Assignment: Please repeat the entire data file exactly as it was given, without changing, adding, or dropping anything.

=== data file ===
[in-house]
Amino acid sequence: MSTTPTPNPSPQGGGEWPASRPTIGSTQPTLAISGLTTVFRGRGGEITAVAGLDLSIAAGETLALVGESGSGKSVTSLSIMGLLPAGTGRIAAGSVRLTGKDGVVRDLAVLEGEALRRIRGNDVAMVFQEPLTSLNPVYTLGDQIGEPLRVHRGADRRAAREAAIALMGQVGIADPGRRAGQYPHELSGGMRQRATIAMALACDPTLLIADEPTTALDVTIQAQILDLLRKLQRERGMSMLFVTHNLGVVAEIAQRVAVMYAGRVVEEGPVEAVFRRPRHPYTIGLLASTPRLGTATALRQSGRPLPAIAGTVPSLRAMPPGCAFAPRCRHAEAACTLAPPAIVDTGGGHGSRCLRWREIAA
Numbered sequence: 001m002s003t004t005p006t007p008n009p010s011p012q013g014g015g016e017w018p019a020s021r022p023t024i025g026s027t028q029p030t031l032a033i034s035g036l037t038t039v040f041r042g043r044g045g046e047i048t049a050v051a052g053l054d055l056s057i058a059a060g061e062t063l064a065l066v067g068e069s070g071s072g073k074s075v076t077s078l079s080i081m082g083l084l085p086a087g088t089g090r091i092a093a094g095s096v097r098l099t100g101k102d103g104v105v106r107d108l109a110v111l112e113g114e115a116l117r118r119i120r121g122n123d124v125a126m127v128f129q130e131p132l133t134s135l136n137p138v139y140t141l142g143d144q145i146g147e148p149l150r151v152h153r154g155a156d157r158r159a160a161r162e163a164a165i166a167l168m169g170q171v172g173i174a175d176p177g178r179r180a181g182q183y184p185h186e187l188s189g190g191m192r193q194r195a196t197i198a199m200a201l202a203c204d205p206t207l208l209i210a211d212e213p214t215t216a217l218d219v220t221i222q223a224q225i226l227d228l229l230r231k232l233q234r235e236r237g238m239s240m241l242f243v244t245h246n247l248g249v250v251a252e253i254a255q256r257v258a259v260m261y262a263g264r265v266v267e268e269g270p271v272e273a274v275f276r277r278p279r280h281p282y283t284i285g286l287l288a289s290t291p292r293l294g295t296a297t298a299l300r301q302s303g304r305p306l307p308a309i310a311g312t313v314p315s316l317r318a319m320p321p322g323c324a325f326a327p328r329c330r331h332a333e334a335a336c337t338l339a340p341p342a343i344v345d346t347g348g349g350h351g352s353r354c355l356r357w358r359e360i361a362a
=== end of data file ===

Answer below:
[in-house]
Amino acid sequence: MSTTPTPNPSPQGGGEWPASRPTIGSTQPTLAISGLTTVFRGRGGEITAVAGLDLSIAAGETLALVGESGSGKSVTSLSIMGLLPAGTGRIAAGSVRLTGKDGVVRDLAVLEGEALRRIRGNDVAMVFQEPLTSLNPVYTLGDQIGEPLRVHRGADRRAAREAAIALMGQVGIADPGRRAGQYPHELSGGMRQRATIAMALACDPTLLIADEPTTALDVTIQAQILDLLRKLQRERGMSMLFVTHNLGVVAEIAQRVAVMYAGRVVEEGPVEAVFRRPRHPYTIGLLASTPRLGTATALRQSGRPLPAIAGTVPSLRAMPPGCAFAPRCRHAEAACTLAPPAIVDTGGGHGSRCLRWREIAA
Numbered sequence: 001m002s003t004t005p006t007p008n009p010s011p012q013g014g015g016e017w018p019a020s021r022p023t024i025g026s027t028q029p030t031l032a033i034s035g036l037t038t039v040f041r042g043r044g045g046e047i048t049a050v051a052g053l054d055l056s057i058a059a060g061e062t063l064a065l066v067g068e069s070g071s072g073k074s075v076t077s078l079s080i081m082g083l084l085p086a087g088t089g090r091i092a093a094g095s096v097r098l099t100g101k102d103g104v105v106r107d108l109a110v111l112e113g114e115a116l117r118r119i120r121g122n123d124v125a126m127v128f129q130e131p132l133t134s135l136n137p138v139y140t141l142g143d144q145i146g147e148p149l150r151v152h153r154g155a156d157r158r159a160a161r162e163a164a165i166a167l168m169g170q171v172g173i174a175d176p177g178r179r180a181g182q183y184p185h186e187l188s189g190g191m192r193q194r195a196t197i198a199m200a201l202a203c204d205p206t207l208l209i210a211d212e213p214t215t216a217l218d219v220t221i222q223a224q225i226l227d228l229l230r231k232l233q234r235e236r237g238m239s240m241l242f243v244t245h246n247l248g249v250v251a252e253i254a255q256r257v258a259v260m261y262a263g264r265v266v267e268e269g270p271v272e273a274v275f276r277r278p279r280h281p282y283t284i285g286l287l288a289s290t291p292r293l294g295t296a297t298a299l300r301q302s303g304r305p306l307p308a309i310a311g312t313v314p315s316l317r318a319m320p321p322g323c324a325f326a327p328r329c330r331h332a333e334a335a336c337t338l339a340p341p342a343i344v345d346t347g348g349g350h351g352s353r354c355l356r357w358r359e360i361a362a